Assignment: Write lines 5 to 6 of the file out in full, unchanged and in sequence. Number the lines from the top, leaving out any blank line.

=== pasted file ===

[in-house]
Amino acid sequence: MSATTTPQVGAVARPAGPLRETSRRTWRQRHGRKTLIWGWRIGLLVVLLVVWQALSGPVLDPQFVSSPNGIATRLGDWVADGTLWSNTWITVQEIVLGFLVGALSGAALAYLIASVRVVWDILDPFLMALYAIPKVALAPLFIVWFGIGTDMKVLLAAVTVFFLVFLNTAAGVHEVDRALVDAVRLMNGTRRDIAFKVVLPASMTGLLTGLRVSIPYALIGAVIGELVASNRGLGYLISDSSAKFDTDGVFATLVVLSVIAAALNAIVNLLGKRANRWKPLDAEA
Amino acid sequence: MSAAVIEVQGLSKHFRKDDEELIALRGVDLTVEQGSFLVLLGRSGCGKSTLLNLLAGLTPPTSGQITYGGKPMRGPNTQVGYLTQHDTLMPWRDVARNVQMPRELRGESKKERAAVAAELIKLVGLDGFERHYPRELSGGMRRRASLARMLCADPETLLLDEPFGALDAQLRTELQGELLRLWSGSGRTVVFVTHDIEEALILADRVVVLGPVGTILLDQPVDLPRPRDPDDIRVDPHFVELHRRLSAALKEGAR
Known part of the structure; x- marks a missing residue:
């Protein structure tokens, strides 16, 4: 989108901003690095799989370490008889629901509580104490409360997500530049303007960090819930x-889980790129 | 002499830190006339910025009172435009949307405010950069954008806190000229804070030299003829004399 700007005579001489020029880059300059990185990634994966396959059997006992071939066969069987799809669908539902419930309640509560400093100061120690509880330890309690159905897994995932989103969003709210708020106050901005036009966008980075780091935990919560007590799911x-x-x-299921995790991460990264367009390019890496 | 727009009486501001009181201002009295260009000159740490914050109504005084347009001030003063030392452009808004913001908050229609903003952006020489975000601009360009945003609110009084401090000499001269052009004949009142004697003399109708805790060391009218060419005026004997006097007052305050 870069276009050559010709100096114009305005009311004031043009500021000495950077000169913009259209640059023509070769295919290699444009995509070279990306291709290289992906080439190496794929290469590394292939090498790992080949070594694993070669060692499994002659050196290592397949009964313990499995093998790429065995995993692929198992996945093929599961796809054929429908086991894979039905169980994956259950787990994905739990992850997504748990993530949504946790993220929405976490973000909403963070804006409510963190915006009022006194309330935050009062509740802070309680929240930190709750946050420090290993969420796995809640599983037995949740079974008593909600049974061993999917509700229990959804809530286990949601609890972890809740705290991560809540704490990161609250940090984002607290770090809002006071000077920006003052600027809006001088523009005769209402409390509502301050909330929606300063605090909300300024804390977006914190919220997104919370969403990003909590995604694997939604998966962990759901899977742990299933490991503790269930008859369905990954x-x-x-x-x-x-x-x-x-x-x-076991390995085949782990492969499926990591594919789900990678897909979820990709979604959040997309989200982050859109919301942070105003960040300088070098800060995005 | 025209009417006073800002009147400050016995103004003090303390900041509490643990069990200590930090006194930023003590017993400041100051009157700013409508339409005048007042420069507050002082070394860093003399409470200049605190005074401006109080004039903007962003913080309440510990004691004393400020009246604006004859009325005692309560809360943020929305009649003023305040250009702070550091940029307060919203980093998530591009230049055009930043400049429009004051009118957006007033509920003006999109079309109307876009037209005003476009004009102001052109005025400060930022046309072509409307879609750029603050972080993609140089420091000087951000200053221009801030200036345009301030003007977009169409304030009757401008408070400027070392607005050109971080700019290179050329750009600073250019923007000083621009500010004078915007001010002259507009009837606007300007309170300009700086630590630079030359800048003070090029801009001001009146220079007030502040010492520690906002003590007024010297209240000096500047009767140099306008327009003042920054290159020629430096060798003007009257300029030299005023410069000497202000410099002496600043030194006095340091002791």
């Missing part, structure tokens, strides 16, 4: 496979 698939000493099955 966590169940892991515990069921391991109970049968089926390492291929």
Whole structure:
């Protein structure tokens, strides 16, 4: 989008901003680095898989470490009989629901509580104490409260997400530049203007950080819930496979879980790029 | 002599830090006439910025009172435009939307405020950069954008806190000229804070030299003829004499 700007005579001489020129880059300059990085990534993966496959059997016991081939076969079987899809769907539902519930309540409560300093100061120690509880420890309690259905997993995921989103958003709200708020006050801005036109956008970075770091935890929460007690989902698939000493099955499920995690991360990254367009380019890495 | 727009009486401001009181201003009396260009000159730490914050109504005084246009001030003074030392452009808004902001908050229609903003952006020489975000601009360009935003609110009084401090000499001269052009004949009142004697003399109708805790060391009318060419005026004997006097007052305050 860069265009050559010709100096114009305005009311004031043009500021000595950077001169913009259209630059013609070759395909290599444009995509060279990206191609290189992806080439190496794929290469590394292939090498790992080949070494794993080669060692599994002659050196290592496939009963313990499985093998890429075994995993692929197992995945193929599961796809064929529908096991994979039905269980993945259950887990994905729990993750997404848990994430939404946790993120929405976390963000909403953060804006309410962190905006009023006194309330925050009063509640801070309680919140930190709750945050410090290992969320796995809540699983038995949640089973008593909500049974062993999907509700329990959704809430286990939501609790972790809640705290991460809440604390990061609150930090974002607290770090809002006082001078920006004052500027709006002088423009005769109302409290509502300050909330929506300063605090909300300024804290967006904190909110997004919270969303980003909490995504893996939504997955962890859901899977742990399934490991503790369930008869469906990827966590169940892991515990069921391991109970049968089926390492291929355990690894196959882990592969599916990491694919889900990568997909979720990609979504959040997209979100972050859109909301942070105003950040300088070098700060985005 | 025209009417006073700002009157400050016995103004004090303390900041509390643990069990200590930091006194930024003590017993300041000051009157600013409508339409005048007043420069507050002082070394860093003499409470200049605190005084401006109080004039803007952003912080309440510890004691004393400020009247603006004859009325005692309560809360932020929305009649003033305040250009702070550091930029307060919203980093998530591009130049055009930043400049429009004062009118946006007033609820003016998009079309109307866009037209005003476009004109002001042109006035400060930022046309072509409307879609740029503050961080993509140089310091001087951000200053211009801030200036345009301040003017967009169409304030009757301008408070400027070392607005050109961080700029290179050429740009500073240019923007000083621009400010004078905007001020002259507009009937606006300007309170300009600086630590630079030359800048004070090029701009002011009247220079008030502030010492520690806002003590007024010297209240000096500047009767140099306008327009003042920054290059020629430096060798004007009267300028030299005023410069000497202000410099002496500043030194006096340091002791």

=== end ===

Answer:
């Protein structure tokens, strides 16, 4: 989108901003690095799989370490008889629901509580104490409360997500530049303007960090819930x-889980790129 | 002499830190006339910025009172435009949307405010950069954008806190000229804070030299003829004399 700007005579001489020029880059300059990185990634994966396959059997006992071939066969069987799809669908539902419930309640509560400093100061120690509880330890309690159905897994995932989103969003709210708020106050901005036009966008980075780091935990919560007590799911x-x-x-299921995790991460990264367009390019890496 | 727009009486501001009181201002009295260009000159740490914050109504005084347009001030003063030392452009808004913001908050229609903003952006020489975000601009360009945003609110009084401090000499001269052009004949009142004697003399109708805790060391009218060419005026004997006097007052305050 870069276009050559010709100096114009305005009311004031043009500021000495950077000169913009259209640059023509070769295919290699444009995509070279990306291709290289992906080439190496794929290469590394292939090498790992080949070594694993070669060692499994002659050196290592397949009964313990499995093998790429065995995993692929198992996945093929599961796809054929429908086991894979039905169980994956259950787990994905739990992850997504748990993530949504946790993220929405976490973000909403963070804006409510963190915006009022006194309330935050009062509740802070309680929240930190709750946050420090290993969420796995809640599983037995949740079974008593909600049974061993999917509700229990959804809530286990949601609890972890809740705290991560809540704490990161609250940090984002607290770090809002006071000077920006003052600027809006001088523009005769209402409390509502301050909330929606300063605090909300300024804390977006914190919220997104919370969403990003909590995604694997939604998966962990759901899977742990299933490991503790269930008859369905990954x-x-x-x-x-x-x-x-x-x-x-076991390995085949782990492969499926990591594919789900990678897909979820990709979604959040997309989200982050859109919301942070105003960040300088070098800060995005 | 025209009417006073800002009147400050016995103004003090303390900041509490643990069990200590930090006194930023003590017993400041100051009157700013409508339409005048007042420069507050002082070394860093003399409470200049605190005074401006109080004039903007962003913080309440510990004691004393400020009246604006004859009325005692309560809360943020929305009649003023305040250009702070550091940029307060919203980093998530591009230049055009930043400049429009004051009118957006007033509920003006999109079309109307876009037209005003476009004009102001052109005025400060930022046309072509409307879609750029603050972080993609140089420091000087951000200053221009801030200036345009301030003007977009169409304030009757401008408070400027070392607005050109971080700019290179050329750009600073250019923007000083621009500010004078915007001010002259507009009837606007300007309170300009700086630590630079030359800048003070090029801009001001009146220079007030502040010492520690906002003590007024010297209240000096500047009767140099306008327009003042920054290159020629430096060798003007009257300029030299005023410069000497202000410099002496600043030194006095340091002791």
């Missing part, structure tokens, strides 16, 4: 496979 698939000493099955 966590169940892991515990069921391991109970049968089926390492291929």